New Delhi: The Supreme Court on Monday permitted former Kerala minister Thomas Chandy to withdraw his appeal against a Kerala High Court order criticising him for filing a petition against his own government and encroaching government land. He had to quit after the HC rejected his plea. A Bench of Justices S.A. Bobde and L. Nageswara Rao allowed the SLP to withdrawn after senior counsel Mukul Rohatgi for the petitioner submitted that since Mr Chandy is no longer a minister, he must be allowed to seek remedy afresh in the HC which has not dealt with the issue on merits.
Initially, Justice Bobde orally observed that as a minister he was bound by the government’s decision and asked if he can prevent the district collector from discharging her statutory functions. When his counsel said petitioner was no longer a minister, and the matter has to be decided on merits, the Bench while permitting withdrawal of the SLP gave liberty to the petitioner to file a fresh petition in the HC. Mr Chandy who had been facing allegations that his company had violated rules to construct a parking area and a road through a paddy field to his Lake Palace resort in Alappuzha district had questioned the report filed by the district collector pointing out the violations.
The report said they found large-scale violations of the Kerala Conservation of Paddy Land and Wetland Act, in his luxury lake resort. The HC slammed him saying a cabinet minister approaching a court against the state government - the district collector in this case - goes against the constitutional principle of collective responsibility of the cabinet. The present appeal is against this order. Mr Chandy denied that he was the owner of the lands in question where there was a violation. He said the enquiry conducted by the collector was clearly in the exercise of statutory functions and not executive powers. His grievance was that the collector had rendered a finding arbitrarily and maliciously without giving him an opportunity.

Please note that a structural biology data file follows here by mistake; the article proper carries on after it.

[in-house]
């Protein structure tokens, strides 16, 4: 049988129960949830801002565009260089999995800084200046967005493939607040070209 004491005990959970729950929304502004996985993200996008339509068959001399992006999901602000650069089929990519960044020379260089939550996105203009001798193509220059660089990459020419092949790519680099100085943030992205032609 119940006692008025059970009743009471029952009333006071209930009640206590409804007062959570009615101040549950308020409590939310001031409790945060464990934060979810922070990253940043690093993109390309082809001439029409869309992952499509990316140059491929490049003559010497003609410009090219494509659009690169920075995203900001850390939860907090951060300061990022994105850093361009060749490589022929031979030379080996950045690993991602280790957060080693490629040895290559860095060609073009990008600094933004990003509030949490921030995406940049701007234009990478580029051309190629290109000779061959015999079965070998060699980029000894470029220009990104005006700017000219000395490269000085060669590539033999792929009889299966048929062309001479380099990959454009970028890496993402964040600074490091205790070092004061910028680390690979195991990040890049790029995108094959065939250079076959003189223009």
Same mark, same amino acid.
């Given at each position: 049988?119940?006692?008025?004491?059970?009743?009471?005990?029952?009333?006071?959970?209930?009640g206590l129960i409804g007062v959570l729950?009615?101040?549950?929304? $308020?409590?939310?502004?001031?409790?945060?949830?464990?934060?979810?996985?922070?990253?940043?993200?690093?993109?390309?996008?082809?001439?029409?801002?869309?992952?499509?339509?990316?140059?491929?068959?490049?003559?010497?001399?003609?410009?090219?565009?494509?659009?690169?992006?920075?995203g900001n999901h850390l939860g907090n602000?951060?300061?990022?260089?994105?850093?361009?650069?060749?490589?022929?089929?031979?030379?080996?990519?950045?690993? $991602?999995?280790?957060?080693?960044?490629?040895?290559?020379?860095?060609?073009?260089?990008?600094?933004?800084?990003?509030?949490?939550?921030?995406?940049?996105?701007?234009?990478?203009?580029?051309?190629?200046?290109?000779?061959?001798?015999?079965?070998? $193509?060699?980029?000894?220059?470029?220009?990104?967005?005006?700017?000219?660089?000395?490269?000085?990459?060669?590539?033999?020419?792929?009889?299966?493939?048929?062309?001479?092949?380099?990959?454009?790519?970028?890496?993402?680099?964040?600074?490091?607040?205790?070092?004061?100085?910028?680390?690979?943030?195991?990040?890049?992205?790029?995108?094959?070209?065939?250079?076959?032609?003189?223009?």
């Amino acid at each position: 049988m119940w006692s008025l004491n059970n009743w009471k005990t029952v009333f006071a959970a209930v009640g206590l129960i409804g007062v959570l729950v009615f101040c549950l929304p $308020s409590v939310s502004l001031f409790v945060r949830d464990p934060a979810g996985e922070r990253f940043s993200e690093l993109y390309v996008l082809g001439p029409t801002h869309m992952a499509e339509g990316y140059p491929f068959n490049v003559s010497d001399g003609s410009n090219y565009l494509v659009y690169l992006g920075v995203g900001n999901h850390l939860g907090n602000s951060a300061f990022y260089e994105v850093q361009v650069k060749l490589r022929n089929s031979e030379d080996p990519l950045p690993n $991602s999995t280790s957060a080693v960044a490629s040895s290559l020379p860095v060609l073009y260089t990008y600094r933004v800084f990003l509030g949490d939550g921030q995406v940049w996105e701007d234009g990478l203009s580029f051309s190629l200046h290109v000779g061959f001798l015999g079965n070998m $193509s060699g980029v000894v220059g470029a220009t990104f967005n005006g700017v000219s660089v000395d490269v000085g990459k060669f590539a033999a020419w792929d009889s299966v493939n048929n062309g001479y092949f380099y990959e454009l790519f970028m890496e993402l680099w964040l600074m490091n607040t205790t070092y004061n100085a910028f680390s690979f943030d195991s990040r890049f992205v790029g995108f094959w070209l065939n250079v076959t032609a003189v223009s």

He pointed out that Section 13 of the Kerala Conservation of Paddy and Wetland Act 2008 mandated opportunity of hearing to the petitioner. He said the collector's report received extensive media publicity and as a minister and he had to resign. The HC failed to appreciate that he only challenged the manner in which the collector had exercised her statutory functions.
There is no prescription of a minister being in a private capacity seeking redressal in the court against the action of the authorities of the state. If the action is arbitrary and illegal, a minister cannot be precluded from filing a petition in the court, and the HC had erroneously faulted this. He said the interim reports of the collector wrongfully implicating him of violating the law had caused serious and irreparable harm to his reputation and a blow to his political career, he said and prayed for quashing the order.